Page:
Wow. Previous matches between these two top-flight stalwarts have resulted in a plethora of goals. So fans everywhere hesitantly hoped for an entertaining fixture.

Well, it is safe to say the tradition lives on after this six goal thriller.

Liverpool, the home side, snatched a draw from the jaws of defeat with a late Joe Allen goal. Can Arsenal feel hard done by with a solitary point after looking to be on course for a massive away victory? On the face of things, maybe so, but this match had so many different facets.


Arsenal travelled to Merseyside in good form, with only the Southampton trumping a recent blot on the copybook. Despite many vital players missing through injury, it appeared that Arsene Wenger had juggled his squad well. In regards to rotating his squad, the Gunners Boss brought back Mesut Ozil, Per Mertesacker and Nacho Monreal after they were rested last weekend for the F.A Cup victory over Sunderland. Alex Iwobi, Gabriel and Kieran Gibbs all sat on the bench.

Jurgen Klopp had to make do without Philippe Coutinho, with Adam Lallana taking his spot. He also opted to use Roberto Firmino as the Number nine, with Christian Benteke on the bench and a potential backup plan up Klopp’s sleeve. The affable German had other worries though, chief among them were his central defensive partnership. Mamadou Sakho and Kolo Toure, who both had recent injury niggles, were fit and named in the centre of defence, but Gooners, despite their adoration of their former player, knew that the Ivorian’s best days were behind him. Liverpool had a chink in their armour.

The match started at pace, and it was the home side who took it to their higher placed opponents. With their zippy start, there were echoes of their 5-1 rout two years ago, and after just ten minutes – not quite matching that rapier start of 2013/14 – Klopp’s Reds were ahead.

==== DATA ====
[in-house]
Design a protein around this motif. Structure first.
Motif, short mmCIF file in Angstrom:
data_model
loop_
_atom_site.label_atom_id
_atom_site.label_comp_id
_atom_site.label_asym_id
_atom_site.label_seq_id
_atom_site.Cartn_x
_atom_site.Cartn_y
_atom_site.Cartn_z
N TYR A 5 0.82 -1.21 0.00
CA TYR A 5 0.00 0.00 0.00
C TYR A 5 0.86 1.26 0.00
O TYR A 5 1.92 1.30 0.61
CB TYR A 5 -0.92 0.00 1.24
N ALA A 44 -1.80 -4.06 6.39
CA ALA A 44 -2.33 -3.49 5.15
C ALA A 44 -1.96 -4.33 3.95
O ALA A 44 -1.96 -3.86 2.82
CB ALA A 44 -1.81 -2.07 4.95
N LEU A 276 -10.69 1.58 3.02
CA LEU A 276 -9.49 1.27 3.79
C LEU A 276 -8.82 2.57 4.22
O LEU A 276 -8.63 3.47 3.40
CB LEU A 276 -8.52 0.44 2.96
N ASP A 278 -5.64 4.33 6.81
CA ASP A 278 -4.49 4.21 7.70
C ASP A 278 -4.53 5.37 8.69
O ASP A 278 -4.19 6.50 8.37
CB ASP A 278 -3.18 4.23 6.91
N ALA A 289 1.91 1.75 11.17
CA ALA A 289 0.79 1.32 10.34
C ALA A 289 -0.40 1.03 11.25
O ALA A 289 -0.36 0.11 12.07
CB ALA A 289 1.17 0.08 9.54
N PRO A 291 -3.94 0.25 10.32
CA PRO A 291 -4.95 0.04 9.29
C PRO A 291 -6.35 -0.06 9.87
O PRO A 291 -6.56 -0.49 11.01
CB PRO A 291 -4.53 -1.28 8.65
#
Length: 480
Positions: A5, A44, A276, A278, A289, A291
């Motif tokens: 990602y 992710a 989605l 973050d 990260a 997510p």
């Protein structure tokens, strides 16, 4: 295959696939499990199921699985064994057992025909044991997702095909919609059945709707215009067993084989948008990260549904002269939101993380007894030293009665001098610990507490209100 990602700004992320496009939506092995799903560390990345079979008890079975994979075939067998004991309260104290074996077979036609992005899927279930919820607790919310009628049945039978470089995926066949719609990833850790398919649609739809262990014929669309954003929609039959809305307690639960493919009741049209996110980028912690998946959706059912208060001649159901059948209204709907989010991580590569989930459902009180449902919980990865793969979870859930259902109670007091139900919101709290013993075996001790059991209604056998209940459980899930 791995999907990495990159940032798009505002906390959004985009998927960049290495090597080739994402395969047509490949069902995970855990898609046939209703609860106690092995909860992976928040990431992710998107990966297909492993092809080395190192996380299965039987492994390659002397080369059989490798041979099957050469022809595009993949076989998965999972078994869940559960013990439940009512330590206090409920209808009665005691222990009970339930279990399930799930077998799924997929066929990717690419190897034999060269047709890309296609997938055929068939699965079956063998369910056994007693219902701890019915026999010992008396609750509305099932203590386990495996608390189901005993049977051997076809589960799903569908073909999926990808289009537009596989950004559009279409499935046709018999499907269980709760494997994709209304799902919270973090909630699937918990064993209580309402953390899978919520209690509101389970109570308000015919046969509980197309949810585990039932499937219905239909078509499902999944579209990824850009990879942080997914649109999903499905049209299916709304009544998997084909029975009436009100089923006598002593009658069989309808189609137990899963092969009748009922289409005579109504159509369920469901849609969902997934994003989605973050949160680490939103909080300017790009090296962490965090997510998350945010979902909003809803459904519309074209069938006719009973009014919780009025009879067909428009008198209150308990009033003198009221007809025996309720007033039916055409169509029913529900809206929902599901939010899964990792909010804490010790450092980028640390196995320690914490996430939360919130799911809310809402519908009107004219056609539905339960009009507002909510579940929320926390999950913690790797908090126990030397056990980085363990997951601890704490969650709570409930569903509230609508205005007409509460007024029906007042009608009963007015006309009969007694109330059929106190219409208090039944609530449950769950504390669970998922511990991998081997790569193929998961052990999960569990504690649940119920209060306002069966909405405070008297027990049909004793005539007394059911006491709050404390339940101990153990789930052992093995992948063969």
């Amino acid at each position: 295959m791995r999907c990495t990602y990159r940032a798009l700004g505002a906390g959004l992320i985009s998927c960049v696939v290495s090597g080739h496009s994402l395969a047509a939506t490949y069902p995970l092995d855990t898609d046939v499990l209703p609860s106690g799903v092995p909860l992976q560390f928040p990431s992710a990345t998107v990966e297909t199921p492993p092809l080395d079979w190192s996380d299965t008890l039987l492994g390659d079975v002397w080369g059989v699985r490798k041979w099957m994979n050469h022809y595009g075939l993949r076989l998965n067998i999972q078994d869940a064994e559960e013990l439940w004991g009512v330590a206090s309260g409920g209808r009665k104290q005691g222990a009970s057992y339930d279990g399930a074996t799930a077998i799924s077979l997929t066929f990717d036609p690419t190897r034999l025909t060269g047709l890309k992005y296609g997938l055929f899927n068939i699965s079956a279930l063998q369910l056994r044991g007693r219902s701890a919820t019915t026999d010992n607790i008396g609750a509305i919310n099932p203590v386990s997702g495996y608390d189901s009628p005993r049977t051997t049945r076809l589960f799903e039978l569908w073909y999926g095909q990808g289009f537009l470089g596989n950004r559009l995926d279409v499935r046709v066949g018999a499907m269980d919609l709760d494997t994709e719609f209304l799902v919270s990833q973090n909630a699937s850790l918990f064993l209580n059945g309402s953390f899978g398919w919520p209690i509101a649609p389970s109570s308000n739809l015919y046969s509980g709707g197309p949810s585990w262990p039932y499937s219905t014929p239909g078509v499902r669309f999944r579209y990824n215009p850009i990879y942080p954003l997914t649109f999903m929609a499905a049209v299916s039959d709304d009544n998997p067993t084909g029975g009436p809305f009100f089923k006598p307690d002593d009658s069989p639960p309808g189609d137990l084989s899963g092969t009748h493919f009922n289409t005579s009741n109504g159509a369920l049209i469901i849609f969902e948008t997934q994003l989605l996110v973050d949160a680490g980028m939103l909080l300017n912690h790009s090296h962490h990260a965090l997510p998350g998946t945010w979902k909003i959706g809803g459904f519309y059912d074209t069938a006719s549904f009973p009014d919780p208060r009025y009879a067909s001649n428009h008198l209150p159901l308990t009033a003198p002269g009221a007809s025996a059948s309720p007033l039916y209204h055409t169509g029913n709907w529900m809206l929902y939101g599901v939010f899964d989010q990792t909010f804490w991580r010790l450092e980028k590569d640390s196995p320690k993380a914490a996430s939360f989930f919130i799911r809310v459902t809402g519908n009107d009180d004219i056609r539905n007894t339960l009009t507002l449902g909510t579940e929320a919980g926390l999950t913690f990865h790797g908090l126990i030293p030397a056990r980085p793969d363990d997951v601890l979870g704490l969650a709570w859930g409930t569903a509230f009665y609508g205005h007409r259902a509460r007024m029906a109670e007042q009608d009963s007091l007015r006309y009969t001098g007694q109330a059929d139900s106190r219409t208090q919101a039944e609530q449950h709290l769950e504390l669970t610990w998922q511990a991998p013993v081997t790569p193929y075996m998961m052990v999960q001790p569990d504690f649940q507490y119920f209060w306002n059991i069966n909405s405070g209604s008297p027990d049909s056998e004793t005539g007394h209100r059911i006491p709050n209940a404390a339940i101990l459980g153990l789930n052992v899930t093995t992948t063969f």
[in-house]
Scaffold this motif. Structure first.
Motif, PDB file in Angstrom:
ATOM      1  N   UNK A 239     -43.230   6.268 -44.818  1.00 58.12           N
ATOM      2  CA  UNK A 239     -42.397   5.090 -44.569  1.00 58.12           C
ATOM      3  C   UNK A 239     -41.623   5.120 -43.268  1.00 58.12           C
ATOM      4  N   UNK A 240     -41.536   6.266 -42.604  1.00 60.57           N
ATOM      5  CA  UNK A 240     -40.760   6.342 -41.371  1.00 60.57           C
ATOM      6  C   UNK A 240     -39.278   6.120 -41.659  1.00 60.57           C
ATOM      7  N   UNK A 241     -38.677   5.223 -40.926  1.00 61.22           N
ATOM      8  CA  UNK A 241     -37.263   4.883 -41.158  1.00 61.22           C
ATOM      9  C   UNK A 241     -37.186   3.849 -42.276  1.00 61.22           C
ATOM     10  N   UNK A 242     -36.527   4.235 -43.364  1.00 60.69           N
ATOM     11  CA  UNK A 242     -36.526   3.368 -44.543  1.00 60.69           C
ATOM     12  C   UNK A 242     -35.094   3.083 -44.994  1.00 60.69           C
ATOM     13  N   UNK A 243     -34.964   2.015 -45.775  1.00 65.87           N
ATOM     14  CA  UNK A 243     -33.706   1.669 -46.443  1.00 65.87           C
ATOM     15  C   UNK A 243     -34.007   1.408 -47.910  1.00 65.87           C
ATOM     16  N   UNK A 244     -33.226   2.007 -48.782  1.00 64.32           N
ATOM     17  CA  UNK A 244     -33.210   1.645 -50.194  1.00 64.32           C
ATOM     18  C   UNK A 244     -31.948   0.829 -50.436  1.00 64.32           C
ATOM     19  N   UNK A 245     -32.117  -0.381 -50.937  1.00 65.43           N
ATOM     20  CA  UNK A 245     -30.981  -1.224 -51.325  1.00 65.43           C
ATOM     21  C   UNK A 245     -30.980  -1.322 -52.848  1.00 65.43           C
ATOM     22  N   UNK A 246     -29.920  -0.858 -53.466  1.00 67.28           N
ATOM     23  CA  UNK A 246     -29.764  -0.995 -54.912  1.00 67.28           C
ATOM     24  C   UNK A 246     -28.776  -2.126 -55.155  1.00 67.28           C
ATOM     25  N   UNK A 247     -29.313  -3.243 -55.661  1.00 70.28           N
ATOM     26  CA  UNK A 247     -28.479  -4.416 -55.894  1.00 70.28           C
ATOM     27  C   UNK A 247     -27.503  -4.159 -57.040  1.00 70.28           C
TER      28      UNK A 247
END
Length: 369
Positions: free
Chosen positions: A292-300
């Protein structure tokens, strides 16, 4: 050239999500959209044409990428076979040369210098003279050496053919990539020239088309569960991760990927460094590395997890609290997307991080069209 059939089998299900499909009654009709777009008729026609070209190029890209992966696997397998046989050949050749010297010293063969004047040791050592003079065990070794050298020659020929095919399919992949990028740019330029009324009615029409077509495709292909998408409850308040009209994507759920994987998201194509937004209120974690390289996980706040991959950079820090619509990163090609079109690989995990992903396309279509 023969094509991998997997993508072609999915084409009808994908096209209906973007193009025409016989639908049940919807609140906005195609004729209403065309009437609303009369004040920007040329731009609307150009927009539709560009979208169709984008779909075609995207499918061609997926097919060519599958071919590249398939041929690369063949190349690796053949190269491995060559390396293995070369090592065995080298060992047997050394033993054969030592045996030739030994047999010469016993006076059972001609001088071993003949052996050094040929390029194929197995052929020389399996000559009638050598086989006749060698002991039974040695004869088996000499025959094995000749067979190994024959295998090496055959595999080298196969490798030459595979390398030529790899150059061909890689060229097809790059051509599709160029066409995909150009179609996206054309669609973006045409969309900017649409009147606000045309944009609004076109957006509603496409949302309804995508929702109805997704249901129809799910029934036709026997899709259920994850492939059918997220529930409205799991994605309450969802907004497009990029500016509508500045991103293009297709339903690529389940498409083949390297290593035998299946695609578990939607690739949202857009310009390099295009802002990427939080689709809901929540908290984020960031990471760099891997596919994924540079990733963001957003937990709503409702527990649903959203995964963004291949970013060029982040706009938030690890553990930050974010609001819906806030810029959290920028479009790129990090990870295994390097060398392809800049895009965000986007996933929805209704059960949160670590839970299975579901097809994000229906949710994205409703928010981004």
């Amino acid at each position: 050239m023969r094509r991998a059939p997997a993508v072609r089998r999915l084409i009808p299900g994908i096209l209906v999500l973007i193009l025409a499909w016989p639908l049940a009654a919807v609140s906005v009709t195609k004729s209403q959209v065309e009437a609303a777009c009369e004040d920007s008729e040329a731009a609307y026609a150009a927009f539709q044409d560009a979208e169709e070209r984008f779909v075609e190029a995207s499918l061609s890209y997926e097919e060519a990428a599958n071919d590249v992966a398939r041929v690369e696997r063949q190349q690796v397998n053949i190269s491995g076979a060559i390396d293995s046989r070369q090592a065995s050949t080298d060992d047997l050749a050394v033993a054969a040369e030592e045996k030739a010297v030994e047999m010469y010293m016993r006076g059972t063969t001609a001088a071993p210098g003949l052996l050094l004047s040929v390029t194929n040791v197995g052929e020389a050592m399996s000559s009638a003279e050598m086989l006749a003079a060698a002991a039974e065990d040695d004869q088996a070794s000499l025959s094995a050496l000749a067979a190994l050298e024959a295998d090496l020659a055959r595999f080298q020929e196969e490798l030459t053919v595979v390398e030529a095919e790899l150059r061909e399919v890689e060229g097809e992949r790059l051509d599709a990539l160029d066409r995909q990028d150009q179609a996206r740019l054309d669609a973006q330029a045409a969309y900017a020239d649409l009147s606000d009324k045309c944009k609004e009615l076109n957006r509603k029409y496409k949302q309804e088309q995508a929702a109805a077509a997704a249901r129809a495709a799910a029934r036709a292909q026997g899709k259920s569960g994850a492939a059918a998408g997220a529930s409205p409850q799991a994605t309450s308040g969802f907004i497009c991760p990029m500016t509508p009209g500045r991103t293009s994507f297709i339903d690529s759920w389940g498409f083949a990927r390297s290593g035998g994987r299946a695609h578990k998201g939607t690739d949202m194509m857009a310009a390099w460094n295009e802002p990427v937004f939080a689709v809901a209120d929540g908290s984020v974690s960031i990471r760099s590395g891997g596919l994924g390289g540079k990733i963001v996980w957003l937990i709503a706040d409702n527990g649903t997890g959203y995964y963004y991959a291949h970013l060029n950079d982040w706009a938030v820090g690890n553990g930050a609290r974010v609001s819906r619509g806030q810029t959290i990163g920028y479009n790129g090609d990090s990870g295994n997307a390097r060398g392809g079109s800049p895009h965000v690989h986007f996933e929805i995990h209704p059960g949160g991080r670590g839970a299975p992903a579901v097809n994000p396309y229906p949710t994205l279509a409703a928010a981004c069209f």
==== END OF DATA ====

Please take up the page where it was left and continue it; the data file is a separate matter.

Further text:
The Gunners had shown defensive steel in recent weeks but it was their failure to clear which led to a shot from Emre Can. The German had acres of space to take aim and it was a good effort which Petr Cech parried away, but only as far as Roberto Firmino, who turned and despatched the rebound.

Liverpool were in the ascendancy, with a lightning quick start and a goal to the good. It looked like if any team would score next, it would be the home side. However, it was Arsenal who equalised and it was testament to their mettle that they did so.

Joel Campbell, again impressive, had been doing his best Mesut Ozil impression in the last few matches and it was his through ball into the box that a rampaging Aaron Ramsey latched onto. The Welshman, who looks to be hitting his groove after an extended run in his favoured position in the centre, finished well at the near post. He was followed closely by two Liverpool defenders but his initial reaction was quick enough to give him the yard headstart and space that allowed such


a great shot.

The frenetic start continued, and the home fans had a treat in store. It was that man Roberto Firmino again, and seeing as his last goal was seven games ago, a two goal salvo was not expected. His second goal though, was a fantastic effort and a reminder of what he can be capable of.

Picking the ball up about twenty five yards out after many deflections from attempted passes and interceptions, James Milner gives the ball to Firmino, and he has a lot to do. The Brazilian does nothing more than look up and curl a shot into the very top corner, a place that no goalkeeper can  obstruct. Petr Cech was helpless and Liverpool had regained the lead.

Klopp’s men had held their first lead for five minutes. Could they hold their second lead any longer? Yes. This time, it took Arsenal six minutes to restore parity.

Jurgen Klopp had been rather vocal about his team’s weakness in dealing with set-plays into their box, and League Two Exeter had visualised his worries beautifully in the weekend in their Third Round F.A Cup tie – a goal scored direct from a corner. It was this malaise that came back to haunt the Reds during this game, with a corner from Aaron Ramsey curling toward goal. On first sight it looked like it took no touches before  finding its way into the net, but replays show that Olivier Giroud – who had a staple in his head to stem the bloodflow from an earlier collision – had ghosted his way to his favourite part of the pitch, the front post, and flicked the ball toward Mignolet, who could do no more than bundle the ball in.